Strife-ridden societies aren't furnished with peaceful town squares. I'm talking about my girls and me sitting in the dirty corner of a church, creating a temporary space from scratch with our presence.
Students are rightfully angry at what is going on in this country where they can spend $200,000 on college and still be unable to find a job. It's about time for institutions of higher education to rethink their role in our economy and our society.
This weekend I was in New York for a State Department Panel entitled, "Youth Driving Change: Global Youth and Civic Engagement." The event itself was just as amazing as the story behind it -- one that is still developing.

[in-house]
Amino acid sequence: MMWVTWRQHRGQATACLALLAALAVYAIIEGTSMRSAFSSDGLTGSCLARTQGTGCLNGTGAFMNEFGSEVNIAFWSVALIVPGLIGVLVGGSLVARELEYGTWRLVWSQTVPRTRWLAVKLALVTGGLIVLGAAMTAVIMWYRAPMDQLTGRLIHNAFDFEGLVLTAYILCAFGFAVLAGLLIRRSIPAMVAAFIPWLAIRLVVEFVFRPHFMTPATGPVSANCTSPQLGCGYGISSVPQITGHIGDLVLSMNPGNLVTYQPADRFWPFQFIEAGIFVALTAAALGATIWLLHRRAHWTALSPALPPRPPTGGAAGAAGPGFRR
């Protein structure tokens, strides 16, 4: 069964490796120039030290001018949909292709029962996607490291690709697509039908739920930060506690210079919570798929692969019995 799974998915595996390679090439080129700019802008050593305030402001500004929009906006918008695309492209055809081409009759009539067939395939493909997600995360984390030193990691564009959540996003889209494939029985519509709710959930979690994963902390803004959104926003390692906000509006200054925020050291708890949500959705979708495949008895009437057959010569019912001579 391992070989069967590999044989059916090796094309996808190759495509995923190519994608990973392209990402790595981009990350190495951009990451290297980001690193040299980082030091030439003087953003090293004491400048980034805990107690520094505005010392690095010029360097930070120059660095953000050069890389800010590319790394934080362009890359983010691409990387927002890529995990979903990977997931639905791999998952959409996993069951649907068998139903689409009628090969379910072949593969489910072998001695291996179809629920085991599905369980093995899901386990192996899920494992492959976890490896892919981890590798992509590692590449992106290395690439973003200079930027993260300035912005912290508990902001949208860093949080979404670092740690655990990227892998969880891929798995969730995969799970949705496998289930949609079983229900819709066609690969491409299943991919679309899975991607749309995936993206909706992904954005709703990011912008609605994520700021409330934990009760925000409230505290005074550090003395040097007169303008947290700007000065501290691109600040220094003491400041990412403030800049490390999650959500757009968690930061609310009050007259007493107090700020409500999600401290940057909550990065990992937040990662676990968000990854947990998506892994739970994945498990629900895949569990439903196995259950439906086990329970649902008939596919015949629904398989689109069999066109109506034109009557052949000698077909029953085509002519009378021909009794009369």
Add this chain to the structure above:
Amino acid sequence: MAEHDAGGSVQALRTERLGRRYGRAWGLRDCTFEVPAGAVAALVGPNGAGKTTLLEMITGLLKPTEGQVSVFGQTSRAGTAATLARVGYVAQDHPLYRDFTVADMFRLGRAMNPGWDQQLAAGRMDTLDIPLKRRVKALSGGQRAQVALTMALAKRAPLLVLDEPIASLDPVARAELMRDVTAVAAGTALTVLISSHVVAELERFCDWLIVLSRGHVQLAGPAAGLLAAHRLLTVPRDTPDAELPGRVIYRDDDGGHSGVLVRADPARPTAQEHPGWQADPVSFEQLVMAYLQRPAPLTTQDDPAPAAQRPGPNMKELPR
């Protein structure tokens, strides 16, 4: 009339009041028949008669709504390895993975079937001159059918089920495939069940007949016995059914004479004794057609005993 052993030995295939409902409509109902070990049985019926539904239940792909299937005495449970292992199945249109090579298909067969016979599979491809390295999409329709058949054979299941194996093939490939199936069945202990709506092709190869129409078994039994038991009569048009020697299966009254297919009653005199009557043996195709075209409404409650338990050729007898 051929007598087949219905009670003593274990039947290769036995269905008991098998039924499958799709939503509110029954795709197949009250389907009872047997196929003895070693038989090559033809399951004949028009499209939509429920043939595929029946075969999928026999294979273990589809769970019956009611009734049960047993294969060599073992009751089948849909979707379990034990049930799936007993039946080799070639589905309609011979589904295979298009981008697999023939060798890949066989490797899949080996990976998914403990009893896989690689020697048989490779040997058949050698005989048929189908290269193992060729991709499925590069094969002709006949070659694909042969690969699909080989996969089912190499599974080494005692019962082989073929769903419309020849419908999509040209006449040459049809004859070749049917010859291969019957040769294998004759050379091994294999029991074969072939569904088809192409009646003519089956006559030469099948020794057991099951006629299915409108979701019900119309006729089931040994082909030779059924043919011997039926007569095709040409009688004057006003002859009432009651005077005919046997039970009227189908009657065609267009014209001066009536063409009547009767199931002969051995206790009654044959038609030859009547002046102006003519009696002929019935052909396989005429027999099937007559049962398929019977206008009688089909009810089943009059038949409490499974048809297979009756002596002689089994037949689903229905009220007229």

To members of our Department of Homeland Security and to police officers in cities across this country, I say that these young people now gathering for peaceful demonstrations in our communities are not your enemy.
Why are kids in America so calm in the face of a stalled economy, stalemated government, college loans and dim job prospects? Or are they just numb? Their passivity seems to mirror the traits of the characters featured in Hollywood's recent movies.
Earthquakes are caused by seismic ruptures deep inside the Earth, set off by the forces of plate tectonics. There's not a lot we can do about that. Climate change, on the other hand, we know we can do something about.
You won't find the most troubling "moral breakdown" in London among its youth. It reveals itself in every humiliating police search, every shuttered youth club, every corruption scandal ingrained in a political structure that walls off ordinary people.